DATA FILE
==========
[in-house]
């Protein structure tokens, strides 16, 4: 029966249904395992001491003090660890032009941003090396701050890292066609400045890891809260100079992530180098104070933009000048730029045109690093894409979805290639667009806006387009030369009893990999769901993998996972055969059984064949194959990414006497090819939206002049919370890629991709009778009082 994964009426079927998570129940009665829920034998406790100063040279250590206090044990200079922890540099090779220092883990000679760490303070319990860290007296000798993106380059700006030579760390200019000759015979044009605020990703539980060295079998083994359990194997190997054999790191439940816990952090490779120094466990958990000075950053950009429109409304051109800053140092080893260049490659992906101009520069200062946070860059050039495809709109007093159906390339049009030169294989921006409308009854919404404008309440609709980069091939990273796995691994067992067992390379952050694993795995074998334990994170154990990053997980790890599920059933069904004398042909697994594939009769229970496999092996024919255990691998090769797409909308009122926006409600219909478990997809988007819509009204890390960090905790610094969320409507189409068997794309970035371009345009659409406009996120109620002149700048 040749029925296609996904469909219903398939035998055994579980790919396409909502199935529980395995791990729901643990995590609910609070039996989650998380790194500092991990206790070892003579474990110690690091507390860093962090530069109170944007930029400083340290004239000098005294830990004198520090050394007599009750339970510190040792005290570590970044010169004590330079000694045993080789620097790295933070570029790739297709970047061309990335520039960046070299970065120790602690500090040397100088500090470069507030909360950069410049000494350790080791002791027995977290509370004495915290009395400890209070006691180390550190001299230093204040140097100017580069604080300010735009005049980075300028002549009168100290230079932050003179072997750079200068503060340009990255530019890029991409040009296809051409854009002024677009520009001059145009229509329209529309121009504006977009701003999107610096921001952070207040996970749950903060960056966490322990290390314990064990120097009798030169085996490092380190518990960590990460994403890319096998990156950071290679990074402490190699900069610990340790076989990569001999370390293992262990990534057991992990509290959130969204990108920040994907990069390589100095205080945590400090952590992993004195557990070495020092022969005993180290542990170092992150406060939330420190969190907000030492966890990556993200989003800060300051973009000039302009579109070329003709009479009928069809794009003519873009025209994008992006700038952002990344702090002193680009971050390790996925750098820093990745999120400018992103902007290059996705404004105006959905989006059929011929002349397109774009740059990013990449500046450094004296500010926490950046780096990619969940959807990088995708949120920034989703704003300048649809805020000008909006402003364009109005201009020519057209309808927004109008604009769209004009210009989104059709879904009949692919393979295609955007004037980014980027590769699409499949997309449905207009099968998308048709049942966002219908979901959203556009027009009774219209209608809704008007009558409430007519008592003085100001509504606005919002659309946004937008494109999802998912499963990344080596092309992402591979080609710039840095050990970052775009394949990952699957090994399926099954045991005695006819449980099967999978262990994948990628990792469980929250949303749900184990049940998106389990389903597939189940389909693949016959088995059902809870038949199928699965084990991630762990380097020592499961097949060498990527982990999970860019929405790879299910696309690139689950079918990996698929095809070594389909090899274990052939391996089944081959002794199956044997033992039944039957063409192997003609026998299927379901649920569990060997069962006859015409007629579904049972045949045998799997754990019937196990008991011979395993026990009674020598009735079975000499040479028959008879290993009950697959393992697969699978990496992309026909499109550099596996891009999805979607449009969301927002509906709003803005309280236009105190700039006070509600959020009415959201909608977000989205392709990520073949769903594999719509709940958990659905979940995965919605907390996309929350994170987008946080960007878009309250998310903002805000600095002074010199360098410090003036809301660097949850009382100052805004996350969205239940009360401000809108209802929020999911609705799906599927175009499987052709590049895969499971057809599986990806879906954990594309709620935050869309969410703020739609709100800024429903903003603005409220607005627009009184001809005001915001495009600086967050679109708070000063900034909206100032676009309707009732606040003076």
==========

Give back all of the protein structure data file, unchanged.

[in-house]
């Protein structure tokens, strides 16, 4: 029966249904395992001491003090660890032009941003090396701050890292066609400045890891809260100079992530180098104070933009000048730029045109690093894409979805290639667009806006387009030369009893990999769901993998996972055969059984064949194959990414006497090819939206002049919370890629991709009778009082 994964009426079927998570129940009665829920034998406790100063040279250590206090044990200079922890540099090779220092883990000679760490303070319990860290007296000798993106380059700006030579760390200019000759015979044009605020990703539980060295079998083994359990194997190997054999790191439940816990952090490779120094466990958990000075950053950009429109409304051109800053140092080893260049490659992906101009520069200062946070860059050039495809709109007093159906390339049009030169294989921006409308009854919404404008309440609709980069091939990273796995691994067992067992390379952050694993795995074998334990994170154990990053997980790890599920059933069904004398042909697994594939009769229970496999092996024919255990691998090769797409909308009122926006409600219909478990997809988007819509009204890390960090905790610094969320409507189409068997794309970035371009345009659409406009996120109620002149700048 040749029925296609996904469909219903398939035998055994579980790919396409909502199935529980395995791990729901643990995590609910609070039996989650998380790194500092991990206790070892003579474990110690690091507390860093962090530069109170944007930029400083340290004239000098005294830990004198520090050394007599009750339970510190040792005290570590970044010169004590330079000694045993080789620097790295933070570029790739297709970047061309990335520039960046070299970065120790602690500090040397100088500090470069507030909360950069410049000494350790080791002791027995977290509370004495915290009395400890209070006691180390550190001299230093204040140097100017580069604080300010735009005049980075300028002549009168100290230079932050003179072997750079200068503060340009990255530019890029991409040009296809051409854009002024677009520009001059145009229509329209529309121009504006977009701003999107610096921001952070207040996970749950903060960056966490322990290390314990064990120097009798030169085996490092380190518990960590990460994403890319096998990156950071290679990074402490190699900069610990340790076989990569001999370390293992262990990534057991992990509290959130969204990108920040994907990069390589100095205080945590400090952590992993004195557990070495020092022969005993180290542990170092992150406060939330420190969190907000030492966890990556993200989003800060300051973009000039302009579109070329003709009479009928069809794009003519873009025209994008992006700038952002990344702090002193680009971050390790996925750098820093990745999120400018992103902007290059996705404004105006959905989006059929011929002349397109774009740059990013990449500046450094004296500010926490950046780096990619969940959807990088995708949120920034989703704003300048649809805020000008909006402003364009109005201009020519057209309808927004109008604009769209004009210009989104059709879904009949692919393979295609955007004037980014980027590769699409499949997309449905207009099968998308048709049942966002219908979901959203556009027009009774219209209608809704008007009558409430007519008592003085100001509504606005919002659309946004937008494109999802998912499963990344080596092309992402591979080609710039840095050990970052775009394949990952699957090994399926099954045991005695006819449980099967999978262990994948990628990792469980929250949303749900184990049940998106389990389903597939189940389909693949016959088995059902809870038949199928699965084990991630762990380097020592499961097949060498990527982990999970860019929405790879299910696309690139689950079918990996698929095809070594389909090899274990052939391996089944081959002794199956044997033992039944039957063409192997003609026998299927379901649920569990060997069962006859015409007629579904049972045949045998799997754990019937196990008991011979395993026990009674020598009735079975000499040479028959008879290993009950697959393992697969699978990496992309026909499109550099596996891009999805979607449009969301927002509906709003803005309280236009105190700039006070509600959020009415959201909608977000989205392709990520073949769903594999719509709940958990659905979940995965919605907390996309929350994170987008946080960007878009309250998310903002805000600095002074010199360098410090003036809301660097949850009382100052805004996350969205239940009360401000809108209802929020999911609705799906599927175009499987052709590049895969499971057809599986990806879906954990594309709620935050869309969410703020739609709100800024429903903003603005409220607005627009009184001809005001915001495009600086967050679109708070000063900034909206100032676009309707009732606040003076």